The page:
II. Ancient and Classical Periods, 3500 B.C.E.–500 C.E. > D. Classical Greece and the Hellenistic World > 4. The Classical Age, 510–323 B.C.E. > g. The Theban Hegemony
  The Encyclopedia of World History.  2001.
g. The Theban Hegemony
A general peace settlement was reached between the allies and Sparta in the summer, but the Theban leader Epaminondas withdrew when he was not permitted to sign on behalf of all Boeotia. Sparta immediately sent King Cleombrotus to chastise Thebes, but the Spartan army was crushed by Epaminondas at the Battle of Leuctra. This defeat shattered Spartan military prestige and ended its hegemony over Greece. Thebes withdrew from the Athenian League, along with the cities in Acarnania, Euboea, and the Chalcidice.  1
An Arcadian League was formed under Theban protection as a counterweight to Sparta, and Mantinea was restored as a city. The government of the Arcadian League consisted of a general assembly (the Ten Thousand), made up of all freeborn citizens, with sovereignty in matters of war and peace. A council of damiurgoi gave proportional representation to the member cities, and a college of generals (strategoi) served as a civil and military executive. There was a standing mercenary army (eparitoi). The Theban army, under Epaminondas, liberated Messenia from Sparta, and the city of Messene was built.  2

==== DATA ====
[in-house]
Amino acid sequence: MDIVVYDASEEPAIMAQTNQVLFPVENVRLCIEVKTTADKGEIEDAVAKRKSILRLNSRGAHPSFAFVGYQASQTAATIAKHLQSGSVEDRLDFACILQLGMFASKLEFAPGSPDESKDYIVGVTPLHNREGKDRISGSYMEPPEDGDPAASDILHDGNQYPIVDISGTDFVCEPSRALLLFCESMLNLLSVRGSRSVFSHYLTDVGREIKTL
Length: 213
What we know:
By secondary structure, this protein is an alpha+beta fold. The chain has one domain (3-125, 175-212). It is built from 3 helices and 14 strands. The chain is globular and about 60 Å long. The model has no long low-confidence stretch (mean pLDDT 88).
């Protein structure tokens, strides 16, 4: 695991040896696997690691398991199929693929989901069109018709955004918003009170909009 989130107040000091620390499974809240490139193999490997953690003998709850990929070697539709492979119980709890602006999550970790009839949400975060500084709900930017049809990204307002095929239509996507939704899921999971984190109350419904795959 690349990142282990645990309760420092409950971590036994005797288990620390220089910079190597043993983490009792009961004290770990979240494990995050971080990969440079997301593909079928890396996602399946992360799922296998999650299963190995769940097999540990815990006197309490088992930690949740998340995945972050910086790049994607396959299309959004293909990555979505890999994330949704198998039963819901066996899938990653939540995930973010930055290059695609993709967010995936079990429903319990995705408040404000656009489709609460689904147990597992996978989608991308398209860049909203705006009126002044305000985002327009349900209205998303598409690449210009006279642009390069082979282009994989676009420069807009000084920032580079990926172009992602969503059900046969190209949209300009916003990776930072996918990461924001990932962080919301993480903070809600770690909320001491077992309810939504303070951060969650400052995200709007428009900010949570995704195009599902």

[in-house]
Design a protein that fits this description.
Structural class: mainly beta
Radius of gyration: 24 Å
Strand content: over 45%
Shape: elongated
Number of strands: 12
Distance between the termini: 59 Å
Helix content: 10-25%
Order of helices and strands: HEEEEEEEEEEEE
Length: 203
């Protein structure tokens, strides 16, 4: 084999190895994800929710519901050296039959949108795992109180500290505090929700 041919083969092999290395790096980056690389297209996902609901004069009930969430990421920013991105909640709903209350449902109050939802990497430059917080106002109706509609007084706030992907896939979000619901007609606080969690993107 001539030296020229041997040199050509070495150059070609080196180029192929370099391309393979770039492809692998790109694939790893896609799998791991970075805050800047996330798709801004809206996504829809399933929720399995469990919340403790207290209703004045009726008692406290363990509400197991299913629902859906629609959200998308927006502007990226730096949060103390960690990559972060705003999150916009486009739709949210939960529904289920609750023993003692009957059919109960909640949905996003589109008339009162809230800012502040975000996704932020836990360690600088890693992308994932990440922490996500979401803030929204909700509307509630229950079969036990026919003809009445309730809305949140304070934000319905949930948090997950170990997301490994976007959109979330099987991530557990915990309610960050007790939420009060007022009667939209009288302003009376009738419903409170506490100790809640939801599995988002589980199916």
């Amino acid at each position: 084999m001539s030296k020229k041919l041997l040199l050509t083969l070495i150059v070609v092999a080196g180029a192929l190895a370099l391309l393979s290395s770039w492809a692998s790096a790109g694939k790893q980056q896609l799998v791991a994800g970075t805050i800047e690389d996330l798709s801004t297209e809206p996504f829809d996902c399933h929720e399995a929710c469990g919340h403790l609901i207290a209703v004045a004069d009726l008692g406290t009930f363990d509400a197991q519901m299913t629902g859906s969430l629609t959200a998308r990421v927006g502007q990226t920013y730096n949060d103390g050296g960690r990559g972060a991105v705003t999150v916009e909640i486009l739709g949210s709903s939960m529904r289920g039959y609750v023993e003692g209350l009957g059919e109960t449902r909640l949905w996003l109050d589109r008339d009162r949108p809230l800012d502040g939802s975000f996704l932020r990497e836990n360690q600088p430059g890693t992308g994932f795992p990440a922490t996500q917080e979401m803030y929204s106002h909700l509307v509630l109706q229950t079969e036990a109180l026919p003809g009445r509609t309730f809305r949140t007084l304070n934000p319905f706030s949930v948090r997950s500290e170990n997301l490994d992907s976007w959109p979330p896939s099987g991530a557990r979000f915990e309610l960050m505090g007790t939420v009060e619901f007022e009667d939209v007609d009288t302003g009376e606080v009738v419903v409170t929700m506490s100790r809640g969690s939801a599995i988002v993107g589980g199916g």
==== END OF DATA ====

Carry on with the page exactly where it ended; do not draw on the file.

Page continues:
Athens and Sparta made an alliance on equal terms. The Arcadians founded Megalopolis as a federal capital. In the following years, Thebes secured the union of all Thessaly except Pherae under a single ruler (archon).  3
Dionysius I died in the course of another war with Carthage. He was succeeded by his weak son Dionysius II, under the regency of his uncle Dion who immediately made peace.  4
Dion brought Plato to Syracuse in order to educate Dionysius as a “philosopher king.” The attempt failed, and both Dion and Plato were driven out of Syracuse.  5
The pro-Spartan party of Callistratus in Athens was replaced in power by the party of Timotheus. Peace was made with Thebes on the basis of the status quo. Breaking its promise, Athens sent a cleruchy to garrison its ally Samos.  6
The Thebans defeated Alexander, the tyrant of Pherae, in the Battle of Cynoscephalae but their commander, Pelopidas, was killed in action.  7
Epaminondas led a Theban army into Thessaly and again defeated Alexander of Pherae. Athens subjected its allies Ceos and Naxos to Athenian jurisdiction.  8
The Arcadian League broke up, and oligarchs took control of many of its cities.  9
In the Second Battle of Mantinea the Thebans beat the Spartans, but Epaminondas was killed in the battle. A general peace was made but not accepted by Sparta, which refused to recognize the independence of Messenia.  10
Athens sent a cleruchy to occupy Potidaea.  11
The Encyclopedia of World History, Sixth edition. Peter N. Stearns, general editor. Copyright © 2001 by Houghton Mifflin Company. Maps by Mary Reilly, copyright 2001 by Houghton Mifflin Company. Published by Houghton Mifflin Company. All rights reserved.